Popular Trends

Is Apostrophe a New Catastrophe?

De’wayne, La’tanya, D’Juan, Rah’Nee, A’merika, Shau’Nay, Mich’ele, Rene’e. Seriously???

Using apostrophes in first names has been developing over the last 40 years and recently it seems to have become yet another baby naming trend in addition to all the hyphens, initials, unusual spellings and other pseudo-unique overly creative techniques that are bound to make your child’s life a living hell.

In English grammar, apostrophe has, very generally speaking, two basic uses: omission and possession. In other words, they can stand for something that is missing (mostly the case of contractions, such as it’s, meaning it is), or they can express that something belongs to somebody (my brother’s car, meaning the car that belongs to my brother). Now let’s be honest, there is a good deal of people who would misuse apostrophes in writing even the simplest sentences, such as My only brothers’ car lost it’s color (the correct version being My only brother’s car lost its color). This sad but true state of general knowledge of English grammar does not prevent people from inventing peculiar names for their offspring, using apostrophes for no apparent grammatical, not to mention practical reason.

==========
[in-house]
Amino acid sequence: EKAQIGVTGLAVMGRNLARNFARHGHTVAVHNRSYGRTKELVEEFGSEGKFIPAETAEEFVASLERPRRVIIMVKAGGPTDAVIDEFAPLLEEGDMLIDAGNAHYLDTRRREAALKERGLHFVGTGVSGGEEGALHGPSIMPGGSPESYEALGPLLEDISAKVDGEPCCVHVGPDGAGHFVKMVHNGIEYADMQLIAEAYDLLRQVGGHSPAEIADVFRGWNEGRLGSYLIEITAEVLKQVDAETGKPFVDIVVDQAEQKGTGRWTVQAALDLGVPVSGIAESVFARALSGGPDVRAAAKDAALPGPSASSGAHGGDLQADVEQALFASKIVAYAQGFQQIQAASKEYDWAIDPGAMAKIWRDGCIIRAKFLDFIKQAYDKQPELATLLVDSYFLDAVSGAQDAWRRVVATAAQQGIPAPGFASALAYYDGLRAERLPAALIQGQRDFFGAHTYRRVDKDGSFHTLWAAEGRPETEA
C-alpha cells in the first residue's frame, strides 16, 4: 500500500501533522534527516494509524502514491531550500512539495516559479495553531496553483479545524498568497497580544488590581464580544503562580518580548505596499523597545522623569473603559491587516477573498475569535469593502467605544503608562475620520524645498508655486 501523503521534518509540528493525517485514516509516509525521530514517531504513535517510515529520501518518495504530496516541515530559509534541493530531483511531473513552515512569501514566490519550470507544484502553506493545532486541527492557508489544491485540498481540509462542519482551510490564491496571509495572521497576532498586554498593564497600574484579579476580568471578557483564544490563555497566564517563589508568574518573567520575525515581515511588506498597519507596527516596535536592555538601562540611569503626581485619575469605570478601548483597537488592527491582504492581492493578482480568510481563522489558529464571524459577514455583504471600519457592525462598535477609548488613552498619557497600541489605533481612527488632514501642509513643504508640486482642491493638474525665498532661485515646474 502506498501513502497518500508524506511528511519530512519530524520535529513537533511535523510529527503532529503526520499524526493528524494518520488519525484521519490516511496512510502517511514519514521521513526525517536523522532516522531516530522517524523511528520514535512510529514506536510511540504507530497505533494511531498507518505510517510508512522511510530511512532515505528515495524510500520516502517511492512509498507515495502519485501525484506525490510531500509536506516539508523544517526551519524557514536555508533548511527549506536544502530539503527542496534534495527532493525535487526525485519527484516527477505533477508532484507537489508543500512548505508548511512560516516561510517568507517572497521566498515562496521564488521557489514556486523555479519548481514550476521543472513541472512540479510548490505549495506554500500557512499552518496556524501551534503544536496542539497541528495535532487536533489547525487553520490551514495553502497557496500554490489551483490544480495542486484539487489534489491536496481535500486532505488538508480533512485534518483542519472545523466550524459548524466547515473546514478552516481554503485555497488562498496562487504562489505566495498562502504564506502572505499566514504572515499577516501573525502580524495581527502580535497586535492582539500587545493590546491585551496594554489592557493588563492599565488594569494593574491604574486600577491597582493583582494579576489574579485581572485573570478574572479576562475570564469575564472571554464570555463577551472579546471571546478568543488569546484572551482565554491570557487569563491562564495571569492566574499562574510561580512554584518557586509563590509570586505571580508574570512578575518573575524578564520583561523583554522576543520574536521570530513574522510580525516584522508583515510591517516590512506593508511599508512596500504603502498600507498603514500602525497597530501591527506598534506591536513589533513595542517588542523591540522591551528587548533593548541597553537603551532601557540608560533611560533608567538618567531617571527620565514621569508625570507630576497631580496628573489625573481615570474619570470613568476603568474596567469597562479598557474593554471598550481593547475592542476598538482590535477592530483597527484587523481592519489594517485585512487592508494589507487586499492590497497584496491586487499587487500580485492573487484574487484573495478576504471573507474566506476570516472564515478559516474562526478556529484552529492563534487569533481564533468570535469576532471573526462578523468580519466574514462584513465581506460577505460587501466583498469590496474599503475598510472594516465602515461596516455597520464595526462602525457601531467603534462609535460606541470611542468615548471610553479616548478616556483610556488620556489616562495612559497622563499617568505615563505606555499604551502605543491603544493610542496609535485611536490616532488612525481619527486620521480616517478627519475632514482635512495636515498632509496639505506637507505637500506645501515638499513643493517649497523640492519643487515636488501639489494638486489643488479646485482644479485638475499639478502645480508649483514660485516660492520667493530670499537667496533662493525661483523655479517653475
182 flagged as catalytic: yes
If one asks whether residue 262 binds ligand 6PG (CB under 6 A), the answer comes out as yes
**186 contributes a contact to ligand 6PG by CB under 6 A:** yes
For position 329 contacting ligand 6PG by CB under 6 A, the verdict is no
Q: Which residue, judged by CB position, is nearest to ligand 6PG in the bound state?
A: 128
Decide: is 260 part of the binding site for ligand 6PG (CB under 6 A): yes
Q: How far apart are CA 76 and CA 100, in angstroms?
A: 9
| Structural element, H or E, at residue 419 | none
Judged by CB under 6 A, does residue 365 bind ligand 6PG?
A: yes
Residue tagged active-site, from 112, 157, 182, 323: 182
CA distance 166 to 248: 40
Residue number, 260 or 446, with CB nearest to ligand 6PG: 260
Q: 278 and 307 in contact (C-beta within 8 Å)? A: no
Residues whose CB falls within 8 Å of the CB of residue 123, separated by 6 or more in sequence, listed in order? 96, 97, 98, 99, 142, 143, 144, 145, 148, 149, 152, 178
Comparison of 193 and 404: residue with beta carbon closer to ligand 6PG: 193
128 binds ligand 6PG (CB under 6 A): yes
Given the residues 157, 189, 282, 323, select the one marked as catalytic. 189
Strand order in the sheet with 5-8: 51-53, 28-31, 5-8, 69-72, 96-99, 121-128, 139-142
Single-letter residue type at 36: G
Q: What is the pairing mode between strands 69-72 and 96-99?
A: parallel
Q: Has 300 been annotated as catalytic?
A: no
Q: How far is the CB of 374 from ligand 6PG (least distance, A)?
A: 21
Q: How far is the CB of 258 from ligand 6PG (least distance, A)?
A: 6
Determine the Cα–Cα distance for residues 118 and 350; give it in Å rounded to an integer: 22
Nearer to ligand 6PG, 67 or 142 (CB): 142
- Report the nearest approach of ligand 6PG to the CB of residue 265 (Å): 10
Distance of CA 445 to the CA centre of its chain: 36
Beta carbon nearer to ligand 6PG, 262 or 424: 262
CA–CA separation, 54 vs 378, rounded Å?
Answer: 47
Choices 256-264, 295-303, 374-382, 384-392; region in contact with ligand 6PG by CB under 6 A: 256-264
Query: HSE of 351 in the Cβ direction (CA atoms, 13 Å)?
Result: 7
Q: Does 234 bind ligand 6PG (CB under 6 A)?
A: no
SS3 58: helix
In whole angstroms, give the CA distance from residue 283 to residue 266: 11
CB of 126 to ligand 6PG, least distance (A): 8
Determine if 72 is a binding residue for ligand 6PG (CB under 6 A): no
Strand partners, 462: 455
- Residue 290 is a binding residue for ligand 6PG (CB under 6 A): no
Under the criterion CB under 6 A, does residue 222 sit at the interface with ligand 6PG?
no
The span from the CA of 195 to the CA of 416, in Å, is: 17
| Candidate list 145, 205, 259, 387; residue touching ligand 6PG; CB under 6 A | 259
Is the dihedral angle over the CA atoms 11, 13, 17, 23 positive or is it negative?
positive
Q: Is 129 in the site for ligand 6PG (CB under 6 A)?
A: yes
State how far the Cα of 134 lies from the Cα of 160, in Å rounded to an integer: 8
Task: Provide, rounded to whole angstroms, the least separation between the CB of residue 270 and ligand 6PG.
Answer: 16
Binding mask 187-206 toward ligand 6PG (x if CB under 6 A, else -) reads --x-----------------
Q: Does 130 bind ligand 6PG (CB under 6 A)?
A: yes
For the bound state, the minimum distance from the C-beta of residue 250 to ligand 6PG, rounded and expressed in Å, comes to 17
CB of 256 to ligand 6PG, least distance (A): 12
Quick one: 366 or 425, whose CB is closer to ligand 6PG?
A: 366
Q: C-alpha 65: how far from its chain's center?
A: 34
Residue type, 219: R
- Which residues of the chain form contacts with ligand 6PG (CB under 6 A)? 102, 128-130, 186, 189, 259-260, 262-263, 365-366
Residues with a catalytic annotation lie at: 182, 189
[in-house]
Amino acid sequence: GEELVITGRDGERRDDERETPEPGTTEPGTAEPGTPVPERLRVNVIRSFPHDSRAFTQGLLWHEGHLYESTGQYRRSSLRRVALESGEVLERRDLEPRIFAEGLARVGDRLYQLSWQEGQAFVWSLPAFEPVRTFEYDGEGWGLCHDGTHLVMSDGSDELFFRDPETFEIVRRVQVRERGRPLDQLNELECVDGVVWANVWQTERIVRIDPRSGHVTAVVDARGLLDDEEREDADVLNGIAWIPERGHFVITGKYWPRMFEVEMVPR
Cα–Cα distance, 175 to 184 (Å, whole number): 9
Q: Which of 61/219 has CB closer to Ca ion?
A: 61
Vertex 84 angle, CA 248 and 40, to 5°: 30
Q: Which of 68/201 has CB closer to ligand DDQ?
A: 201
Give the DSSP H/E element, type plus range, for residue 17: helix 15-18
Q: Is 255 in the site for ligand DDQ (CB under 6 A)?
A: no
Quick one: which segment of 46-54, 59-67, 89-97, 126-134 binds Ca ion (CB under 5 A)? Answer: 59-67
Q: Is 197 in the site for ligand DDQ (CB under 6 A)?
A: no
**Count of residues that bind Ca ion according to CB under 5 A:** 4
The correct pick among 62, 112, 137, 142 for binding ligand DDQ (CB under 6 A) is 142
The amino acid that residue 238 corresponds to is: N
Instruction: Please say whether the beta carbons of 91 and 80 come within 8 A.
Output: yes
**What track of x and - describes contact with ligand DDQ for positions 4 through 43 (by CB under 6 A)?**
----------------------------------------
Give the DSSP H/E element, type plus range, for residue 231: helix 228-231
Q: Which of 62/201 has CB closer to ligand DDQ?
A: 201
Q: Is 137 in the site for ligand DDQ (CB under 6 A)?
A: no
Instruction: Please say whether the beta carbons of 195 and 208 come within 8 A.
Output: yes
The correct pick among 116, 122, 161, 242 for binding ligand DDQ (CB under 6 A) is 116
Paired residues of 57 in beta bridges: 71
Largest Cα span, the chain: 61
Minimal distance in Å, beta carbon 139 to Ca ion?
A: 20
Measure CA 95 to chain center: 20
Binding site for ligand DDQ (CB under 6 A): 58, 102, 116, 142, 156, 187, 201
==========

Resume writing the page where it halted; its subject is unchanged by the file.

I have an Irish friend whose last name is O’Brien. Despite having no fear of flying, there’s a sense of horror sneaking up on him every time he’s about to book a flight online. Why, you might ask? Because in the digital world of computing, he practically loses his identity. A lot of computer systems, including quite a few airline websites, simply don’t know how to deal with ‘extremities’ such as apostrophes, hyphens, or initials. Not only is it annoying when booking online, but one can easily become an unwanted victim of TSA not being able to match their name to their official record. In the same fashion, tiny little apostrophe can mess up your dental and medical records, school registration or college exam.

It is hard to get rid of a last name that has run through your family for decades, even centuries. But you do have a choice with your baby’s name. So anyone of you considering A’Laysyn, D’Kota, ’Ese, Cam’Ron, Da’neyelle, No’elle, or ZI’eyekel, be smart. At the airport, Miche’le might come out more troubling than a potential terrorist.

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